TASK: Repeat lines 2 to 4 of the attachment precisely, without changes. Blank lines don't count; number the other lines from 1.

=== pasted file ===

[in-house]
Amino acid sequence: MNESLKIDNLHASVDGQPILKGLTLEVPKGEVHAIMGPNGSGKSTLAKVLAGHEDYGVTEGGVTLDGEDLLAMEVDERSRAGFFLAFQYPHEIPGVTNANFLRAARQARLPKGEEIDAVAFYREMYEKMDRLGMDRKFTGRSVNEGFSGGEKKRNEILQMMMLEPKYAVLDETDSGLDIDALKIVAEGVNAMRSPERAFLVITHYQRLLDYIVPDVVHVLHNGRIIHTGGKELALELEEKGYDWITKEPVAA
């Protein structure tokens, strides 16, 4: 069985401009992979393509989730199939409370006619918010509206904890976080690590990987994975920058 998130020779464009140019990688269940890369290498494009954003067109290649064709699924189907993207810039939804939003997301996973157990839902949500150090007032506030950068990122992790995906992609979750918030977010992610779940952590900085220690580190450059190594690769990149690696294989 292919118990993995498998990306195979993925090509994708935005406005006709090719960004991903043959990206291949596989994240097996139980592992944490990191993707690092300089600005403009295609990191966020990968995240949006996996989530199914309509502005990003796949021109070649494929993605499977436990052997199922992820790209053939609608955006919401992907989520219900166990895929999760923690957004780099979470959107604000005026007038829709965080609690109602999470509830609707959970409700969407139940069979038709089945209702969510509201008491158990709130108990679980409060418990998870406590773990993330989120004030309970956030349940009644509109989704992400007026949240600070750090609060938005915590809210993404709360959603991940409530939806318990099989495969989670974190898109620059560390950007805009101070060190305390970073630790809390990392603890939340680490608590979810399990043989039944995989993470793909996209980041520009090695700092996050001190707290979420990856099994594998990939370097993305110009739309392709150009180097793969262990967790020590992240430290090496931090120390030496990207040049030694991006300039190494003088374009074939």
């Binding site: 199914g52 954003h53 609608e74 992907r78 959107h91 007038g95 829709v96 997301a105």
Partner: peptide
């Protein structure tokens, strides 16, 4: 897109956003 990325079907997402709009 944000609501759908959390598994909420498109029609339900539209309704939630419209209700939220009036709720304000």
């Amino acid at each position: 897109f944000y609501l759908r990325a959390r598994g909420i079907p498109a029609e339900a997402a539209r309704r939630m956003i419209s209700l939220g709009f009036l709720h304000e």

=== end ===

Amino acid sequence: MNESLKIDNLHASVDGQPILKGLTLEVPKGEVHAIMGPNGSGKSTLAKVLAGHEDYGVTEGGVTLDGEDLLAMEVDERSRAGFFLAFQYPHEIPGVTNANFLRAARQARLPKGEEIDAVAFYREMYEKMDRLGMDRKFTGRSVNEGFSGGEKKRNEILQMMMLEPKYAVLDETDSGLDIDALKIVAEGVNAMRSPERAFLVITHYQRLLDYIVPDVVHVLHNGRIIHTGGKELALELEEKGYDWITKEPVAA
């Protein structure tokens, strides 16, 4: 069985401009992979393509989730199939409370006619918010509206904890976080690590990987994975920058 998130020779464009140019990688269940890369290498494009954003067109290649064709699924189907993207810039939804939003997301996973157990839902949500150090007032506030950068990122992790995906992609979750918030977010992610779940952590900085220690580190450059190594690769990149690696294989 292919118990993995498998990306195979993925090509994708935005406005006709090719960004991903043959990206291949596989994240097996139980592992944490990191993707690092300089600005403009295609990191966020990968995240949006996996989530199914309509502005990003796949021109070649494929993605499977436990052997199922992820790209053939609608955006919401992907989520219900166990895929999760923690957004780099979470959107604000005026007038829709965080609690109602999470509830609707959970409700969407139940069979038709089945209702969510509201008491158990709130108990679980409060418990998870406590773990993330989120004030309970956030349940009644509109989704992400007026949240600070750090609060938005915590809210993404709360959603991940409530939806318990099989495969989670974190898109620059560390950007805009101070060190305390970073630790809390990392603890939340680490608590979810399990043989039944995989993470793909996209980041520009090695700092996050001190707290979420990856099994594998990939370097993305110009739309392709150009180097793969262990967790020590992240430290090496931090120390030496990207040049030694991006300039190494003088374009074939």
């Binding site: 199914g52 954003h53 609608e74 992907r78 959107h91 007038g95 829709v96 997301a105």